updated 8/11/2009 8:01:20 PM ET 2009-08-12T00:01:20

The wreckage of a chartered plane that crashed while carrying 13 people to a tourist region of Papua New Guinea was sighted Wednesday by a rescue helicopter, an official said.

Papua New Guinea Civil Aviation Authority head Joseph Kintau said the plane was located in "very, very difficult terrain" and it was not clear whether there were survivors.

The plane, carrying 11 passengers and two crew, vanished Tuesday morning in bad weather on approach to an airport nestled in the rugged Kokoda region. Nine Australians, one Japanese and three Papua New Guineans were on board.

A radio signal had been received and rescuers would reach the area as soon as possible, Kintau told Australian Broadcasting Corp. radio. He said he had no other details.

Earlier, Australian Prime Minister Kevin Rudd called the missing plane "every family's worst nightmare" and said Australia would deploy "all possible assets" to help find the aircraft.

The twin-engine plane left the capital of Port Moresby en route to an airport near the country's Kokoda Track, a mountainous 60-mile trail. The plane's crew radioed air traffic controllers as it was approaching the airstrip, but the aircraft never landed, said Allen Tyson, a spokesman for Airlines PNG.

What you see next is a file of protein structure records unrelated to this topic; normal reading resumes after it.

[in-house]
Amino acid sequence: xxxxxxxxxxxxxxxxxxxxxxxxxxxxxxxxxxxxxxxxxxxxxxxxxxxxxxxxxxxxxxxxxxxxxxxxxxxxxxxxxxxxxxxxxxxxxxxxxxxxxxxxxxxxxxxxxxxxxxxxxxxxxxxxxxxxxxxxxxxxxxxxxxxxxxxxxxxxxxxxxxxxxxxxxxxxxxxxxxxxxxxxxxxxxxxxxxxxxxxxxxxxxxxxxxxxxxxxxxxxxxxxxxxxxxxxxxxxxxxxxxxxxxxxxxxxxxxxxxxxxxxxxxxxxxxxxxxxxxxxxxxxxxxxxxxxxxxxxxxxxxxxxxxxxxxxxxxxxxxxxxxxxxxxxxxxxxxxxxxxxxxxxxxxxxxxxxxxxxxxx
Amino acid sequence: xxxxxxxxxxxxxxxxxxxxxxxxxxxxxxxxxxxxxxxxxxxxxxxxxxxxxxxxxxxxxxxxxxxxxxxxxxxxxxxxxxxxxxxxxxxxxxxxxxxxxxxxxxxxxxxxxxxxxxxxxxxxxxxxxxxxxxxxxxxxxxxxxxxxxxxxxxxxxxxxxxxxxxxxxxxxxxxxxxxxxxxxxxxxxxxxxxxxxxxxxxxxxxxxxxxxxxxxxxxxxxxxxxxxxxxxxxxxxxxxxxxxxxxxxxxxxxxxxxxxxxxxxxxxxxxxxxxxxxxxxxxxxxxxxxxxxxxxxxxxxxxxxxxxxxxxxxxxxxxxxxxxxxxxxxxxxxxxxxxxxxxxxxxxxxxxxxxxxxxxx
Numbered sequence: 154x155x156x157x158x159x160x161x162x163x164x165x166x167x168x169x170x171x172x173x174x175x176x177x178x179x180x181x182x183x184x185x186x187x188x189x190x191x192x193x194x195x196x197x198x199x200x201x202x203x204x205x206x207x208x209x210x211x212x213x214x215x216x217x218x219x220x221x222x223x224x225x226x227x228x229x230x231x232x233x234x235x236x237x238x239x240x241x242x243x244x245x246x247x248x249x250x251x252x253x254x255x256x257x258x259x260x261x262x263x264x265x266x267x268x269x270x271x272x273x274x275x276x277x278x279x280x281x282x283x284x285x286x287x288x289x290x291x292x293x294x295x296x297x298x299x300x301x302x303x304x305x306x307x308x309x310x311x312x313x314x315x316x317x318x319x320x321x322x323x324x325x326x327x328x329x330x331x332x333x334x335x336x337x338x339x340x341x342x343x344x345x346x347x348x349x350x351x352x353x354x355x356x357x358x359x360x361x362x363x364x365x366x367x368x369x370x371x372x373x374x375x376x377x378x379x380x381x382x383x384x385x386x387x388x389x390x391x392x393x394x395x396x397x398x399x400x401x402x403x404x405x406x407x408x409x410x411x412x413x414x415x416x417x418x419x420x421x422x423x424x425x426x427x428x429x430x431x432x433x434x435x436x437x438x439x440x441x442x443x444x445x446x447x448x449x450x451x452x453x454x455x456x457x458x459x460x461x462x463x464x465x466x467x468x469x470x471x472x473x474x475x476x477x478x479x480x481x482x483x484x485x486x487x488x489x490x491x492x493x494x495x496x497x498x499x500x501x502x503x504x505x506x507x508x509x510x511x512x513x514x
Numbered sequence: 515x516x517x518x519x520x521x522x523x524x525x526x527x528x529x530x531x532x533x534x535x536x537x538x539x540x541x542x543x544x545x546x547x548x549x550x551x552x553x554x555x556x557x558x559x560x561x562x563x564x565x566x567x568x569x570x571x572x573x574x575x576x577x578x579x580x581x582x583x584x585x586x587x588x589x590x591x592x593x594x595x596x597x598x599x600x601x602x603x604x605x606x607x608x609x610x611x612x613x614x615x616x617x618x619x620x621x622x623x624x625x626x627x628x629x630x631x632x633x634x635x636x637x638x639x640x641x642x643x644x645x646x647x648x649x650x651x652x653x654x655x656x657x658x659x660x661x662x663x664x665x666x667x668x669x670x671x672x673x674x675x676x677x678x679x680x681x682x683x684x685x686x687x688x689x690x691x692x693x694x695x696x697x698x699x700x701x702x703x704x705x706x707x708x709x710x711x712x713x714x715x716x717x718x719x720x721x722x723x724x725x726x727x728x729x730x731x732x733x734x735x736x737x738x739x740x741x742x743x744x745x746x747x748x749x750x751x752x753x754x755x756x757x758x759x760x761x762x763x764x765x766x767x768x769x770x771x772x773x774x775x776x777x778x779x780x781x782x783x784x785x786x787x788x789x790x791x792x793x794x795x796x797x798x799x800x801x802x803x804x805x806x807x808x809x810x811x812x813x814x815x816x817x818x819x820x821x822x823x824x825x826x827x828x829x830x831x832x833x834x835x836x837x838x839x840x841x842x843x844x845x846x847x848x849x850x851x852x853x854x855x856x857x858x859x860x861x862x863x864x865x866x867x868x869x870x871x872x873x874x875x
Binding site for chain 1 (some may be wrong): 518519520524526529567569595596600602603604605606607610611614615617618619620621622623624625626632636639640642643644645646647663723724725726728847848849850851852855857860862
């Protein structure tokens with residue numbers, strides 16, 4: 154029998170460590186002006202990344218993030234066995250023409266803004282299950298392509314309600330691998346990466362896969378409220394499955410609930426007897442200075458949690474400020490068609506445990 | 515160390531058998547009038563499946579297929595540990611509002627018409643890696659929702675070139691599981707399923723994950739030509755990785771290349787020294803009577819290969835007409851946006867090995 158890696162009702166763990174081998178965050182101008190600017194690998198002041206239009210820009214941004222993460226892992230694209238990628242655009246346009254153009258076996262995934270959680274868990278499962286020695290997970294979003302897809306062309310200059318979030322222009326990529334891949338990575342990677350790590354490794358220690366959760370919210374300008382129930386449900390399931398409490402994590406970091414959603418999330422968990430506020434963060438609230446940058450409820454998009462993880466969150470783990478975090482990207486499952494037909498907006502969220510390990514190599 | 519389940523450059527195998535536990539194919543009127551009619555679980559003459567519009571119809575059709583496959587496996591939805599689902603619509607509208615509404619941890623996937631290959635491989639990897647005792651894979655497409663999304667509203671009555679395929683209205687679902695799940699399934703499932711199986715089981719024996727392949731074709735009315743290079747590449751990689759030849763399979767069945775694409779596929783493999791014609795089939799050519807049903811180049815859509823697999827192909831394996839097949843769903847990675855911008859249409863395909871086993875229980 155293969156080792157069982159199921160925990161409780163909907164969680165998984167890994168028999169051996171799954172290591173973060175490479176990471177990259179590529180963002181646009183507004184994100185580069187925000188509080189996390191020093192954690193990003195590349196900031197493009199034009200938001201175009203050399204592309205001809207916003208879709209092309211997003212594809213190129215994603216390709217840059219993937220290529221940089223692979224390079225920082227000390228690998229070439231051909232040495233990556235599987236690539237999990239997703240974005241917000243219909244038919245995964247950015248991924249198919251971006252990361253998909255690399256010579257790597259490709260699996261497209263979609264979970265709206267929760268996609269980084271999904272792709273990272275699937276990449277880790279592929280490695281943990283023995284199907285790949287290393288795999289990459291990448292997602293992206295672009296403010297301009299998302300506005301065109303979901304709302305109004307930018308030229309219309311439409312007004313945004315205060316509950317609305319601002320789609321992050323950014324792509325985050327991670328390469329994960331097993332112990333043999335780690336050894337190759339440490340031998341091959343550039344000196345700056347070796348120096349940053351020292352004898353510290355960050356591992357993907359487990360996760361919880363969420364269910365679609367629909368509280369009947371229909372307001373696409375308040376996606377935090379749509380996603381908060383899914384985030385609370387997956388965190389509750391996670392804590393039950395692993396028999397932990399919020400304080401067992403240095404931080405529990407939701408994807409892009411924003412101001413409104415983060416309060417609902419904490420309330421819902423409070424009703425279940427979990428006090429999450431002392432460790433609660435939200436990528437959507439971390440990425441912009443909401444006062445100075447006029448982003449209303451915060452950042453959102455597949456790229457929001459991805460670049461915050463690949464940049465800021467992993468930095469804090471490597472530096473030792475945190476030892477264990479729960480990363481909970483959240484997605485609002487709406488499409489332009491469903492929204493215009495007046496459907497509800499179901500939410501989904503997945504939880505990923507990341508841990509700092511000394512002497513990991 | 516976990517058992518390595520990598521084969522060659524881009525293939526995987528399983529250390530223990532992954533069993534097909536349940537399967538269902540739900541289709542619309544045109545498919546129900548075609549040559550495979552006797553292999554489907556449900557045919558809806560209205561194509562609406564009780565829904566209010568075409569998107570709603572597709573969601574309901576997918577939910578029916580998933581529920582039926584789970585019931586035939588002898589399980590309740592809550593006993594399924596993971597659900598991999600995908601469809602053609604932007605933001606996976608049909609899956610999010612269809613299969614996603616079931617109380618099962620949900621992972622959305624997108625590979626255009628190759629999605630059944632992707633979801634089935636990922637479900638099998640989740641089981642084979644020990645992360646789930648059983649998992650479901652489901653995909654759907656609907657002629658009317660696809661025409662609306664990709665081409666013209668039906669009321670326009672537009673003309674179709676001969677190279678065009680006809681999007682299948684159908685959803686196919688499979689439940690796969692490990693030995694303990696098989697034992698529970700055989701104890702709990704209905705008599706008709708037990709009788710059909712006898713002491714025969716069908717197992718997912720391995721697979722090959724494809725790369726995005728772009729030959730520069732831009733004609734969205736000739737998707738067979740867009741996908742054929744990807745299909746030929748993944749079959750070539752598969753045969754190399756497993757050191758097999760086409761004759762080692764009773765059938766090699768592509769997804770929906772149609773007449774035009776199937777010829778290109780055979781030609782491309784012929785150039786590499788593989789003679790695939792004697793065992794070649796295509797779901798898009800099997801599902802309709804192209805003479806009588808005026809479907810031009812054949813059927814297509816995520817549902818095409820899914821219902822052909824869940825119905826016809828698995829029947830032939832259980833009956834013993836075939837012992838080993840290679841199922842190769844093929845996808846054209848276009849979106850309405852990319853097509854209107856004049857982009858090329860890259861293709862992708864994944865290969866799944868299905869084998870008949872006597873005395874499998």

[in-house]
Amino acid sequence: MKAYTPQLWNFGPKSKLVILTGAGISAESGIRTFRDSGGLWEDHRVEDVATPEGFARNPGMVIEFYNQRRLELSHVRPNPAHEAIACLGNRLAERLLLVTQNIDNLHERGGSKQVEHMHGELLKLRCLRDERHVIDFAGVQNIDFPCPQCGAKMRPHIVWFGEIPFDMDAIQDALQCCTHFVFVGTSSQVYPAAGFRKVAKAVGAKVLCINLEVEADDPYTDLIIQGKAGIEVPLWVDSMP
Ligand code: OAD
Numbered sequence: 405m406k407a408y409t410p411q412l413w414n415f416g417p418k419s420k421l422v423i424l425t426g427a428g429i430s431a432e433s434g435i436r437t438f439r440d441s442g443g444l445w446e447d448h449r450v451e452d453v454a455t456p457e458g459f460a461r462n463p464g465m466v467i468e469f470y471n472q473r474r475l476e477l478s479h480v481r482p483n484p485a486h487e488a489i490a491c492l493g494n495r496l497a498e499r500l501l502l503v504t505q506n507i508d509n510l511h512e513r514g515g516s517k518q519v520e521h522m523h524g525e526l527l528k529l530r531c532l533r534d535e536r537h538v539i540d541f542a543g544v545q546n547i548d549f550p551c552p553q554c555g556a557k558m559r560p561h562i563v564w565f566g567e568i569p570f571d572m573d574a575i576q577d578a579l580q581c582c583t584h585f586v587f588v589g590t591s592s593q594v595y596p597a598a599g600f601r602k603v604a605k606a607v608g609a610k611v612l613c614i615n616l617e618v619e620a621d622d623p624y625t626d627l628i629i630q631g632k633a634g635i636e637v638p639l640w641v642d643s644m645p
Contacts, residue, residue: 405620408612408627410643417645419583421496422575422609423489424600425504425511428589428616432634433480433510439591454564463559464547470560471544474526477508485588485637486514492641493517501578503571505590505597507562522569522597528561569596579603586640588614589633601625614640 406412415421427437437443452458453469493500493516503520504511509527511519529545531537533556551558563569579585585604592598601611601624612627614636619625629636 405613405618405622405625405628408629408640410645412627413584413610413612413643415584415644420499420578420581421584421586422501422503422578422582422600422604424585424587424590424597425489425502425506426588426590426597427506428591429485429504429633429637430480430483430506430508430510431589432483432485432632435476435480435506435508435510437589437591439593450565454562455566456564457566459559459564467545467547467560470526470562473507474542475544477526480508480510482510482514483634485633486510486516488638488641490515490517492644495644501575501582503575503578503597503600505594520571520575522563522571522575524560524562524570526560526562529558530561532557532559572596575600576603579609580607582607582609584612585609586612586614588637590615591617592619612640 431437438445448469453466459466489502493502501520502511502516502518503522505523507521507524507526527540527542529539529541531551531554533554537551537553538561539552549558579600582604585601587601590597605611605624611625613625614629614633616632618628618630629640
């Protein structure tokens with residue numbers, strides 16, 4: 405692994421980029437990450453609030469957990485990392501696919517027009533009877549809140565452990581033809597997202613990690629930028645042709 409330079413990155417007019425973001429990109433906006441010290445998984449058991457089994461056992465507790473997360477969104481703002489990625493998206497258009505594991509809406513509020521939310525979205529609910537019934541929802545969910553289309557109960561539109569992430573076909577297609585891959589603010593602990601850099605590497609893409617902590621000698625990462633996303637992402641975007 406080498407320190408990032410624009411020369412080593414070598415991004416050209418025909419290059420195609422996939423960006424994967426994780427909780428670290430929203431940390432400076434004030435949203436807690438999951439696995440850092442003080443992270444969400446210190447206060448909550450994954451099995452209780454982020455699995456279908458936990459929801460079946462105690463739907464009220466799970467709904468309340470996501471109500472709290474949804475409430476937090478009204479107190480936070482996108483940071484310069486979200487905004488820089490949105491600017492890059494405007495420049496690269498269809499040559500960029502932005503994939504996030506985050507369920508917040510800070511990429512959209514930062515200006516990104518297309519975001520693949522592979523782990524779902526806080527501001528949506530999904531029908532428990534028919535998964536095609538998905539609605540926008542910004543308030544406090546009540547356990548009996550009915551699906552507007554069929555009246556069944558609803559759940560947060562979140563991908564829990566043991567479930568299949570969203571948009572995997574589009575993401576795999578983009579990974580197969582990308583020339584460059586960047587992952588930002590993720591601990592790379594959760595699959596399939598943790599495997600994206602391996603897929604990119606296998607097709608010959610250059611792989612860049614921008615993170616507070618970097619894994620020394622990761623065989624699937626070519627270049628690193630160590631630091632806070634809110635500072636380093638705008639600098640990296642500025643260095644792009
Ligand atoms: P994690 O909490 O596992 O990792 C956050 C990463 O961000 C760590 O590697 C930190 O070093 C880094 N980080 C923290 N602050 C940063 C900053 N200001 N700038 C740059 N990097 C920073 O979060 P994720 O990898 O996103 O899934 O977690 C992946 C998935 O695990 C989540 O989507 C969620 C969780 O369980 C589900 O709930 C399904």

Efforts to locate the plane Tuesday were hampered by bad weather, low visibility and rugged terrain.

On board the plane were eight Australian tourists and an Australian tour guide planning to walk the trail as part of a trek organized by the adventure tour company No Roads Expeditions, the company said in a statement. Another guide from Papua New Guinea was also on board, the company said.

More on: Papua New Guinea

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